Memphis family calls on elected officials to curb violence after teen killed at car wash
MEMPHIS, Tenn. (WMC) - It’s been a deadly summer in the city of Memphis.
Investigators are releasing few details about the latest victim of gun violence.
Family and friends of the victim say they are looking for city leaders, from the police director to the city and county mayors, to step up to help curb the uptick in violent crimes.
A large crowd gathered to see what happened at a car wash on North Hollywood Tuesday afternoon.
Family members say the shooting victim was 17-year-old Braylon Murray, an aspiring rapper and the grandson of a well-known and outspoken activist in this city.
“I’m not saying this just because it’s Braylon, my grandson. I’ve been saying it for 20 something years, that we’ve got to do something,” said Sarah Carpenter.
Carpenter is with the group, Memphis Lift, a grassroots organization of parents pushing for a seat at the table in Shelby County Schools.
Now, Carpenter is pushing for elected officials to step up to the plate about the increased violence in the city.
“All of them sitting down there don’t know what the hell going on in our neighborhood,” said Carpenter. “Do they really care, I wonder.”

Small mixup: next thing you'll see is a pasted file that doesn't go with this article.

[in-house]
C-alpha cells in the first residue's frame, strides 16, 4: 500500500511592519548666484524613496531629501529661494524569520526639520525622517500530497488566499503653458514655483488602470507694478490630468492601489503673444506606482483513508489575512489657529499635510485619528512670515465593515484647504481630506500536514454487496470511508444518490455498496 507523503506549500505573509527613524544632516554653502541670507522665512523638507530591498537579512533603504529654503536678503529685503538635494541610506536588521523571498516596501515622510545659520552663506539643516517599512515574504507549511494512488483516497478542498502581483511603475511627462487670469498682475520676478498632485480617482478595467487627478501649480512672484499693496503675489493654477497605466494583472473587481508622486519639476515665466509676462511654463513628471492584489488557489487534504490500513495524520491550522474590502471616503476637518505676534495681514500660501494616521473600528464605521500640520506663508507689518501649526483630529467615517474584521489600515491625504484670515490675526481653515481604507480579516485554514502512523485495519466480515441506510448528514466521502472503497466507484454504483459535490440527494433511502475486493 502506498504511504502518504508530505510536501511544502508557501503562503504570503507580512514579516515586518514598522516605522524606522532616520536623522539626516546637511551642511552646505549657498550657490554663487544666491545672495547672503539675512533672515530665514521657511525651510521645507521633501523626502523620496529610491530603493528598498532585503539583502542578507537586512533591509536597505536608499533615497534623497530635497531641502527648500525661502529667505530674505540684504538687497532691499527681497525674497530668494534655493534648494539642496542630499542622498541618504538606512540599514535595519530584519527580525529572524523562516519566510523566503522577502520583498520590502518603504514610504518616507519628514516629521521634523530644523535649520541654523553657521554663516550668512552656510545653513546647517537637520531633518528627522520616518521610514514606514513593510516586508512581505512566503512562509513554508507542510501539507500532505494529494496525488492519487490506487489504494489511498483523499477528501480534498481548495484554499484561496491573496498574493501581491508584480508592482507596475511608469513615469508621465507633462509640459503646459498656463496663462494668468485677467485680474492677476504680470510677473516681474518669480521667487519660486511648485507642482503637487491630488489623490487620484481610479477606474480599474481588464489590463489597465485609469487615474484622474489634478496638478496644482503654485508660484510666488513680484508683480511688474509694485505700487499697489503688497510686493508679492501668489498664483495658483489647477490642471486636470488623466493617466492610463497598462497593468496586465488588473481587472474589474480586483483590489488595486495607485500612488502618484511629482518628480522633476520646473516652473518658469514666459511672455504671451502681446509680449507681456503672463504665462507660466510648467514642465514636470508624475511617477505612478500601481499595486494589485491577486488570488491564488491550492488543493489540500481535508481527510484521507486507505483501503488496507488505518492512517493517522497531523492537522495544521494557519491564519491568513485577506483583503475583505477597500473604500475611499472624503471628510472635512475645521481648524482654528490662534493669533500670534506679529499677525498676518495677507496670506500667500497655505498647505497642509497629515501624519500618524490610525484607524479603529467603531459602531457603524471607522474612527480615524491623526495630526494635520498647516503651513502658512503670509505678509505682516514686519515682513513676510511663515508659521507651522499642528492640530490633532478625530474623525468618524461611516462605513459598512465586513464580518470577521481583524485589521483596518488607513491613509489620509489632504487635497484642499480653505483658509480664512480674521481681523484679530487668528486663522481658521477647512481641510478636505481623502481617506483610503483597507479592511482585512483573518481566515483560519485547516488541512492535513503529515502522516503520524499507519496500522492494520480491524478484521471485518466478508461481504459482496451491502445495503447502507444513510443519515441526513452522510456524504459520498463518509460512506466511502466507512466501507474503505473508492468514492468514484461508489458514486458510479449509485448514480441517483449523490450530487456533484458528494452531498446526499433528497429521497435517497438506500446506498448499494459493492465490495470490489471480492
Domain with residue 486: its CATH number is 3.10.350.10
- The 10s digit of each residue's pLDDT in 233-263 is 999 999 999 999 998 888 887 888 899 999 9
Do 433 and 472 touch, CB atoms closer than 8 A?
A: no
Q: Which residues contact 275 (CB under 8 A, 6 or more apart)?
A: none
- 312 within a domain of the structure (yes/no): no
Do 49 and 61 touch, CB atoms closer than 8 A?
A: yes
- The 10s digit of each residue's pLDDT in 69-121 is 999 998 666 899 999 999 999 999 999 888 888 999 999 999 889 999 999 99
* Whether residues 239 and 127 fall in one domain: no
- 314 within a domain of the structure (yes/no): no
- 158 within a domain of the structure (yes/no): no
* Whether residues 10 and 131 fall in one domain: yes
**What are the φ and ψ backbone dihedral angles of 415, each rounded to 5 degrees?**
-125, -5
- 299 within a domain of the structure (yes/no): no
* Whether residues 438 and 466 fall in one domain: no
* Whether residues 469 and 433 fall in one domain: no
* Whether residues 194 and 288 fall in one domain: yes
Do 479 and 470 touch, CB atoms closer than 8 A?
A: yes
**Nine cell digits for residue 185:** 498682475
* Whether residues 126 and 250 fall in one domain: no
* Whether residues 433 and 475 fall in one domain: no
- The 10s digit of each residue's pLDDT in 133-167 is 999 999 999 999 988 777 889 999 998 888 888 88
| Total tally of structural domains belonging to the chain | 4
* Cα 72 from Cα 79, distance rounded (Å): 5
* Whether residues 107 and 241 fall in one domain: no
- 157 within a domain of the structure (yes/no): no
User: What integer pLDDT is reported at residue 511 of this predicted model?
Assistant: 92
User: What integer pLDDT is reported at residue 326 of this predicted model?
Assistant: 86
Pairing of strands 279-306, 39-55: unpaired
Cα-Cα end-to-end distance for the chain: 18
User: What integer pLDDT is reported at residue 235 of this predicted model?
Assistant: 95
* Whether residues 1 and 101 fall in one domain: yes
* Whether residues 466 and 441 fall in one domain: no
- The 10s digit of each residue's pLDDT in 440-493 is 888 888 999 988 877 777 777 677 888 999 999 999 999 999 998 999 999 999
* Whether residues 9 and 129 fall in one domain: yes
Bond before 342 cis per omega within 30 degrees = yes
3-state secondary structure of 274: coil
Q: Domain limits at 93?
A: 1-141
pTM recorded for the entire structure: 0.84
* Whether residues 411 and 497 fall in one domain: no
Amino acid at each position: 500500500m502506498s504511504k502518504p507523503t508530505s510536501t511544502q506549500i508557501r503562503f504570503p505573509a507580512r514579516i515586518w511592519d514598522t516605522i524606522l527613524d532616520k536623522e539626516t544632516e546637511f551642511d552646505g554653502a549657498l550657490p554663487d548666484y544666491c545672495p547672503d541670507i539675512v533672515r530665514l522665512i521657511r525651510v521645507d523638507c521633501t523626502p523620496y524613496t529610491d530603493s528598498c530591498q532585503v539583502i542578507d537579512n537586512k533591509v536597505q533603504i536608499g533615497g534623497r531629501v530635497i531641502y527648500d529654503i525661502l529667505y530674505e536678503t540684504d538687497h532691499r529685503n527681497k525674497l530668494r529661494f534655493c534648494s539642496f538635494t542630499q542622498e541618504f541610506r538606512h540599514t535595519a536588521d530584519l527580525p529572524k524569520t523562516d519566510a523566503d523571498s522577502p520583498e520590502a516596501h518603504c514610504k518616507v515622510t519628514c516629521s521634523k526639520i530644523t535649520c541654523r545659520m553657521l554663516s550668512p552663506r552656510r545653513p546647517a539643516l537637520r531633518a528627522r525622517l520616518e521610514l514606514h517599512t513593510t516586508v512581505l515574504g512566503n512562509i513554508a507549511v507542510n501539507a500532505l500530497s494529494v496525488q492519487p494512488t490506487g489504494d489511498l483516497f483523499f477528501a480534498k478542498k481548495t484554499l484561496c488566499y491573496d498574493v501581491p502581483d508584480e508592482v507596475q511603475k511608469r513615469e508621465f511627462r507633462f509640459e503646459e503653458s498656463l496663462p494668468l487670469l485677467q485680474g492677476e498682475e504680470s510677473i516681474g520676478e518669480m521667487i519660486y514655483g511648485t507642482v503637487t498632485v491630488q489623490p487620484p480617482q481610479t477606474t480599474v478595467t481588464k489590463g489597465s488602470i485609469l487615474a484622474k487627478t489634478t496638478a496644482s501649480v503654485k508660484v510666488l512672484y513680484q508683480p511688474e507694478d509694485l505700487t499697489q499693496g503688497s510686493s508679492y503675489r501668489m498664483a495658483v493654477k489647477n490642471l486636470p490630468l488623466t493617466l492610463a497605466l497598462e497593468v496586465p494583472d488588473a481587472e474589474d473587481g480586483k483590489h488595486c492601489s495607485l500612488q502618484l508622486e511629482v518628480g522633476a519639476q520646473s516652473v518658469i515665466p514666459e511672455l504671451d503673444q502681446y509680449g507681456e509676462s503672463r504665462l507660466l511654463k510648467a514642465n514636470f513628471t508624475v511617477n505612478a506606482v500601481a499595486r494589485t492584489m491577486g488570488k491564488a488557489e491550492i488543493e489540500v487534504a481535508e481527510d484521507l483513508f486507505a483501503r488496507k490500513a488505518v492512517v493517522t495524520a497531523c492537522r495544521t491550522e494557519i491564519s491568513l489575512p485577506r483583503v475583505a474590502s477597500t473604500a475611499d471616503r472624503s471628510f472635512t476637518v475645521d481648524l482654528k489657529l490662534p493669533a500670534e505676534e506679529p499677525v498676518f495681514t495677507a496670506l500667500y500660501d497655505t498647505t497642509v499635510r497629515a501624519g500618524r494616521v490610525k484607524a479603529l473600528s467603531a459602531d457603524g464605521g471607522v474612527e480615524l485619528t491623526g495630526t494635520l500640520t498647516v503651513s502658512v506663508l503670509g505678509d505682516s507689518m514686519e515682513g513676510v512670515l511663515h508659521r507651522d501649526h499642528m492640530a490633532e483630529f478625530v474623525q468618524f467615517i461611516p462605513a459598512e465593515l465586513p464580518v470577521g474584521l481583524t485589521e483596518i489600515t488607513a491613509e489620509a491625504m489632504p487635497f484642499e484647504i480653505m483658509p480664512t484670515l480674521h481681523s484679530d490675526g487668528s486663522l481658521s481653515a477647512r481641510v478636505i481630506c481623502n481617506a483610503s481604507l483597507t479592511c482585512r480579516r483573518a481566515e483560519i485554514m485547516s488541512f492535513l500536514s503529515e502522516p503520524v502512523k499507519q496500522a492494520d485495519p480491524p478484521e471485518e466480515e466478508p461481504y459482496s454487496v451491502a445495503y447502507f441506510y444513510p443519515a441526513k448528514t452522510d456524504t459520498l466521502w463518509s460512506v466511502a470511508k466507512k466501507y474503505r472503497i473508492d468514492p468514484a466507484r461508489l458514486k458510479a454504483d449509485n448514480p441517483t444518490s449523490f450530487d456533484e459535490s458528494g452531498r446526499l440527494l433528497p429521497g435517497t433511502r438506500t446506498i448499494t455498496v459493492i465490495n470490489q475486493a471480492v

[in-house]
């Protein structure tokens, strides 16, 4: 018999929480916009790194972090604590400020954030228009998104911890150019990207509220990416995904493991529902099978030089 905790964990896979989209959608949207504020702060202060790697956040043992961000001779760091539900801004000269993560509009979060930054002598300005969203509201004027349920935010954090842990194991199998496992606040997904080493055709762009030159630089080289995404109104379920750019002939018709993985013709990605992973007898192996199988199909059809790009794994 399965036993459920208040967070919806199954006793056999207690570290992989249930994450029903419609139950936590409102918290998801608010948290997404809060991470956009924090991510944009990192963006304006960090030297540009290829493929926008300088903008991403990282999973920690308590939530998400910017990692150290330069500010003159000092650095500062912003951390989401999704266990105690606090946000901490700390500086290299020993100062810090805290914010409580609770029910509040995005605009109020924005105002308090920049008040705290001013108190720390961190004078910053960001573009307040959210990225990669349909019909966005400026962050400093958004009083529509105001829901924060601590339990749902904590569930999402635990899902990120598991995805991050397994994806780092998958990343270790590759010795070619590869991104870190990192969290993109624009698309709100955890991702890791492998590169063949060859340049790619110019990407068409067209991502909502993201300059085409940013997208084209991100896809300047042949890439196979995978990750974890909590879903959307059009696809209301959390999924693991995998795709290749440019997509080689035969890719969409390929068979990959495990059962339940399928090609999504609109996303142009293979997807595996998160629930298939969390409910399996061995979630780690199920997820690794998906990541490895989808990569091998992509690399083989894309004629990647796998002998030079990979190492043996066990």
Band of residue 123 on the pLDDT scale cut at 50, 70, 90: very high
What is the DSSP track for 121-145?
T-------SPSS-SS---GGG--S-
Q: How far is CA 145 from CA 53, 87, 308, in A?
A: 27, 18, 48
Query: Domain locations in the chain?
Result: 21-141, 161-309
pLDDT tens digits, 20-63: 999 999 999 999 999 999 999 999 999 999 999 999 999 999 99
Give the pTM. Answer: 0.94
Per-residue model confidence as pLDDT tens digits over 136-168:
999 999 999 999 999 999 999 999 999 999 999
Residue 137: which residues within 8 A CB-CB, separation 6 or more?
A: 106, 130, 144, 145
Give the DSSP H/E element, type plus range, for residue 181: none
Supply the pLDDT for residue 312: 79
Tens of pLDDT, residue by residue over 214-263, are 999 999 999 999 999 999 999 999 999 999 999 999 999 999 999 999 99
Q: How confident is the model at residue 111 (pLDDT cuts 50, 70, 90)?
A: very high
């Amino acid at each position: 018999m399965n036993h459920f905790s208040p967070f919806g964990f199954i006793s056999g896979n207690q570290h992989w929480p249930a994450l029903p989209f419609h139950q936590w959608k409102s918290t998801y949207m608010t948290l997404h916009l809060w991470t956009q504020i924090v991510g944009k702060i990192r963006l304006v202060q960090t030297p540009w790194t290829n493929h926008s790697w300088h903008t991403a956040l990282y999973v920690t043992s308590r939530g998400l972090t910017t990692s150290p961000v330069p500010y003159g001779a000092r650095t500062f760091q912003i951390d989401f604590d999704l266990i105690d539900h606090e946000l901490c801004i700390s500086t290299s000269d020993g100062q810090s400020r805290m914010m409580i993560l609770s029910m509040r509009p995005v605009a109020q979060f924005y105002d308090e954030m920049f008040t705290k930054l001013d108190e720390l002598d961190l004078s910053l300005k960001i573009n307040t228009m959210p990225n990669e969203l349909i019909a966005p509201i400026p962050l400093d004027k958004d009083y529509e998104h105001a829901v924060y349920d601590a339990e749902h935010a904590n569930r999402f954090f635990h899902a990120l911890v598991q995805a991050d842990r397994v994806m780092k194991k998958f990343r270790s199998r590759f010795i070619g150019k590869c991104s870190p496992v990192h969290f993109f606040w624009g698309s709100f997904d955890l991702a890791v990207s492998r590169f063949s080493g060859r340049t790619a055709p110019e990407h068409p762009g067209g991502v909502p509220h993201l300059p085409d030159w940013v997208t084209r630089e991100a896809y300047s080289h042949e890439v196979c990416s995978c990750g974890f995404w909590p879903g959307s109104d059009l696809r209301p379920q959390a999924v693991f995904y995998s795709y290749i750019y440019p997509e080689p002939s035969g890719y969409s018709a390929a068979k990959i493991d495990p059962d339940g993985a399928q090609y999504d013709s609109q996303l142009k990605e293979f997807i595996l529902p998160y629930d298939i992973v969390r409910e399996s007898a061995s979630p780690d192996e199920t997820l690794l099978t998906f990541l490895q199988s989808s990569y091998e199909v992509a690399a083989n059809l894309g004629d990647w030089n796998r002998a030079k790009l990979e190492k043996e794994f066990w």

Shelby County commissioners Van Turner and Tami Sawyer came to the scene to offer support. Just hours before this shooting, Mayor Jim Strickland shared how the city planned to spend half of the millions of dollars from the COVID-19 relief bill passed by Congress earlier this year.
$4.8 million will go toward the mayor’s Group Violence Intervention Program. The program focuses on those most likely to commit violence. The city also wants to spend $6 million on crime-fighting technology, such as installing more shot spotter surveillance systems and $9 million for after-school programs.
However, this community along with Murray’s aunt want to make sure those funds end up in the neighborhoods that need it most before the next young person loses their life.
“I have a son and I’m not going to wait until it happens to mine to do something,” said Murray’s aunt, Natoria Carpenter. “So, it’s time out for crying. It’s time out for marching and candlelight. It’s time to do something.”
If you have any additional information in this case, you’re asked to call Crime Stoppers at 901-528-CASH.
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